‘War in the Chesapeake: The British Campaigns to Control the Bay, 1813-1814’
The British called them the "Bladensburg Races,” the shattering of seven thousand American militiamen by three thousand British regulars and marines that opened the door to the burning of Washington. James Madison, President of the United States, the Secretary of War and the Secretary of State were among the fleeing refugees that day in 1814. It was not America’s finest hour.
By Col. Robert Killebrew, U.S. Army (Ret.)
Best Defense age of sail bureau chief
The British called them the “Bladensburg Races,” the shattering of seven thousand American militiamen by three thousand British regulars and marines that opened the door to the burning of Washington. James Madison, President of the United States, the Secretary of War and the Secretary of State were among the fleeing refugees that day in 1814. It was not America’s finest hour.
The War of 1812 is probably the most under-studied war in American history. When it is remembered at all, it is remembered for the “Star-Spangled Banner” and the Battle of New Orleans. But there was far more. As Charles Neimeyer points out in his excellent history War in the Chesapeake, the American preoccupation with invading Canada, the general incompetence of the nation’s political leadership and overreliance on the militia, among other failures, opened up the Chesapeake Bay to British land and naval forces in the campaigns of 1813 and 1814. British superiority led to a series of near-fatal defeats that temporarily, at least, drove the U.S. government to decamp to a courthouse in Maryland while Washington burned.
The United States declared war in 1812 after a decade of disagreements over trade and humiliations at sea at the hands of Great Britain, which at the time was fighting for its life against Napoleon and most of Europe. While the American government went almost casually to war, political sentiment in the U.S., particularly in the northeast, was divided. From the very beginning, the United States government fixed its strategic attention on invading Canada, and its fledgling Regular Army, and much of the northeast militia, was sent north.
It proved to be a costly mistake. Though the British were stretched thin in their war against Napoleon, the Royal Navy, at over 500 ships, had in 1813 just enough strength to spare to blockade U.S. ports and to raid up the Chesapeake, the great inland waterway that touched important American cities — Philadelphia, Baltimore, Norfolk and of course Washington, D.C., the seat of government. Remarkably, and even after the British fleet raided deeply into the Bay in 1813, little thought — with one exception — was given to defending the Bay in the following year. When the British returned in 1814, Napoleon was defeated and the whole military and naval might of the empire was turned against the U.S. The result was a string of American humiliations in the Chesapeake, capped by the burning of the capitol.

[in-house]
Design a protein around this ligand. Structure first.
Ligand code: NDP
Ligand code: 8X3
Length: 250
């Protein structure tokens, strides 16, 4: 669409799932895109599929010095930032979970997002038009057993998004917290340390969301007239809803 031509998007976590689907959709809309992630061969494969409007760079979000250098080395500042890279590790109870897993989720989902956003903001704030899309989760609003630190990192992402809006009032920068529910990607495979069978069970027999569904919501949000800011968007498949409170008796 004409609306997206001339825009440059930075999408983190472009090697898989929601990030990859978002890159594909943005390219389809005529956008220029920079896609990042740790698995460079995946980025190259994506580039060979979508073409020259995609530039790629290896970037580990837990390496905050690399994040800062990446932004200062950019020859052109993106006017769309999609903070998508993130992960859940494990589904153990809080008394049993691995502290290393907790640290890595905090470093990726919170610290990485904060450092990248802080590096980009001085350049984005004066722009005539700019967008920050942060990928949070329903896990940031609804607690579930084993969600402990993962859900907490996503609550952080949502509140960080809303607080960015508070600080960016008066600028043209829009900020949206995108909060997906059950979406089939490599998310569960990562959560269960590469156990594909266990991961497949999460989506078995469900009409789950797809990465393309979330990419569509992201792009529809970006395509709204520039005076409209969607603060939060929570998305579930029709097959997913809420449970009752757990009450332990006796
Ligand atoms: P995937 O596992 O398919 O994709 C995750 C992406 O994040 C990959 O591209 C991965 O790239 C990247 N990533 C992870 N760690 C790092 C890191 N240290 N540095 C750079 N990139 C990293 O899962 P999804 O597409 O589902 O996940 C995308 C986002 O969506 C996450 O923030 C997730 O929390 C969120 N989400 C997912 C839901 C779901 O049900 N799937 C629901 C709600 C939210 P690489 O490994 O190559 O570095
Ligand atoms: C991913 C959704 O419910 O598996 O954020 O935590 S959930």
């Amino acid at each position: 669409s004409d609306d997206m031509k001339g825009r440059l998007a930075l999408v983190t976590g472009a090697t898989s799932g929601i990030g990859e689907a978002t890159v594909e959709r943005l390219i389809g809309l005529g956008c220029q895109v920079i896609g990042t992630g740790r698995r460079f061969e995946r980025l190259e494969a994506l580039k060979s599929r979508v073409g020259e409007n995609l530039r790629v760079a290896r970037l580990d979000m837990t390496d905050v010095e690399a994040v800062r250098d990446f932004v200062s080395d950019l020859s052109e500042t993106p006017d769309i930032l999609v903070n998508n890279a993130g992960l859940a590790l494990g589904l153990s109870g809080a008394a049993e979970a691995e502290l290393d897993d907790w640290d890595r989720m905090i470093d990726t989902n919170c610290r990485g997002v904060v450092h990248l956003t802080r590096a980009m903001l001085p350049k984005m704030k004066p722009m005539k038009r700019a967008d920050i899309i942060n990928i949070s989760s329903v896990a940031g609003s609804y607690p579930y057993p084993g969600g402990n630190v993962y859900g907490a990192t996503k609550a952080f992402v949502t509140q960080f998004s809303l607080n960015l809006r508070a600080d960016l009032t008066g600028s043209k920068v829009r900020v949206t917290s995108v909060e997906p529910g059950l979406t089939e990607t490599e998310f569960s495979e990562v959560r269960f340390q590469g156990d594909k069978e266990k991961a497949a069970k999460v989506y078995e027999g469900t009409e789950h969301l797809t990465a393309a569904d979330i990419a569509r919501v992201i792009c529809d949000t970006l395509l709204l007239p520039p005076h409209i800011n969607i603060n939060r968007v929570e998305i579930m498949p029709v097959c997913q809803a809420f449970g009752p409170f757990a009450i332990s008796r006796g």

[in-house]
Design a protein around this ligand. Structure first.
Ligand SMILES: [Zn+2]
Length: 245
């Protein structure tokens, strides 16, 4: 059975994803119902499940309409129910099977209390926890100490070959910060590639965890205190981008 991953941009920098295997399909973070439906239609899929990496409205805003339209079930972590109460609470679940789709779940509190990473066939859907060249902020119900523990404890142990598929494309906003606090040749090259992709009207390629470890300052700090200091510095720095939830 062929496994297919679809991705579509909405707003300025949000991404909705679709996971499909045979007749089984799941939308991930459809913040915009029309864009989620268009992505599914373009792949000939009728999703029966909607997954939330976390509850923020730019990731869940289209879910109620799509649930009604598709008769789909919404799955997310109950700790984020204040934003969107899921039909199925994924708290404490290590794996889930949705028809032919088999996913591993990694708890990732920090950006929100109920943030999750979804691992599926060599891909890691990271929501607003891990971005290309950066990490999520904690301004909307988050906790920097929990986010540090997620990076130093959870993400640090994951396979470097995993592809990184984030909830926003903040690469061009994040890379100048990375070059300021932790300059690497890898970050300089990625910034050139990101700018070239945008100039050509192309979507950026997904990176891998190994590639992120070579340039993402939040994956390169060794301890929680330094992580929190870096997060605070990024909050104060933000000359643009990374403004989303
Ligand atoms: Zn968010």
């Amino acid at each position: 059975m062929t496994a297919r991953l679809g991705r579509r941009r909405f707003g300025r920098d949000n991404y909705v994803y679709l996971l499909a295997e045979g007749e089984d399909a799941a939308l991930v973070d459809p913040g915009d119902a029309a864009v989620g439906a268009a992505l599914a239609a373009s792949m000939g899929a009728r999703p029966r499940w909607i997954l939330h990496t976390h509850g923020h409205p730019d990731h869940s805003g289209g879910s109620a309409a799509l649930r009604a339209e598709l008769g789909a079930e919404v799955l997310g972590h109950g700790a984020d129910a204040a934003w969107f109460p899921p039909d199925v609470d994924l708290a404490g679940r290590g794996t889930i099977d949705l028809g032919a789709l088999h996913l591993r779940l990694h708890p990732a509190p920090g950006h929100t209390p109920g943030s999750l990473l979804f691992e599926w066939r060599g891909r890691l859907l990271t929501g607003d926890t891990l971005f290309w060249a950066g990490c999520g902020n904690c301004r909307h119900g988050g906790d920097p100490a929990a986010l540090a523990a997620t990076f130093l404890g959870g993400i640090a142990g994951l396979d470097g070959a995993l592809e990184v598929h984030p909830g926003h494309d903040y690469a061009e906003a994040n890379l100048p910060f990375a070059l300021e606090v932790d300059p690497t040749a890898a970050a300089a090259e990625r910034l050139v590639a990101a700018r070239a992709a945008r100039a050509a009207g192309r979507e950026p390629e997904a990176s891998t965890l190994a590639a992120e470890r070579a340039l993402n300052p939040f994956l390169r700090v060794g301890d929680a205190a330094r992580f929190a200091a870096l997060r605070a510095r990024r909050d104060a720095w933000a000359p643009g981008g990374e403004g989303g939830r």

The exception proved to be the defense of Baltimore, where Maryland Militia Major General Samuel Smith deployed a hodgepodge of militia, sailors, Marines and Regulars to defeat a British land and sea attack. The land attack, by seasoned British regiments fresh from the European wars, was driven off, and the subsequent British naval bombardment — conducted when the evidence says the British commander had already decided the Fort could not be taken — gave us our national anthem. But it was a rare American victory.
The British instinctively understood the great advantage the Bay provided as a highway into the interior of the U.S. The Americans, despite their own seafaring heritage and their intimate knowledge of the Bay and its many tributaries – among them the Potomac and the James — seemed to ignore their vulnerability and never mounted a coherent defense. As a result, and despite the Bay’s notoriously thin water, the Royal Navy was able to penetrate almost at will up its shallow inlets and creeks to take and burn hamlets and towns that vacationers visit today. Modern-day archeological expeditions occasionally still find the wrecks of American gunboats and armed barges that the Americans built to unsuccessfully challenge the British.
The war wasn’t all continuous disaster for the United States, of course. The United States Navy’s “super frigates” won distinction at sea, as did the swarms of fast-sailing privateers that harassed British shipping. American regulars under Winfield Scott distinguished themselves in Canada, though their tactical victories weren’t enough to offset losses. A regular officer — Major George Armistead, uncle of the Civil War general — defended Fort McHenry. And there were bright spots even in the Bay, particularly among naval officers and Marines who on critical occasions stiffened up the militia’s defenses. But as in Canada, it wasn’t enough except at Baltimore.
This is a fascinating book for any historian, and a treasure trove for any reader, like this reviewer, who lives on or near the Bay. The advance copy has maps of the major engagements, but an overall map of the Bay showing its five rivers, key cities and the British lines of campaigns would have been helpful. Even so, though, the book is a great read and a real boon to anyone who wants to do further study on this largely forgotten piece of American history. The author, who acknowledges he had a “tremendous lot of fun” writing this book, has produced a valuable addition to anyone’s library of military history.
Bob Killebrew is a retired U.S. Army colonel who consults and writes about issues of national defense. He is also an avid Chesapeake sailor and has sailed over much of the water mentioned in this book. Scars on his keel testify to the British expertise in shallow-water operations.
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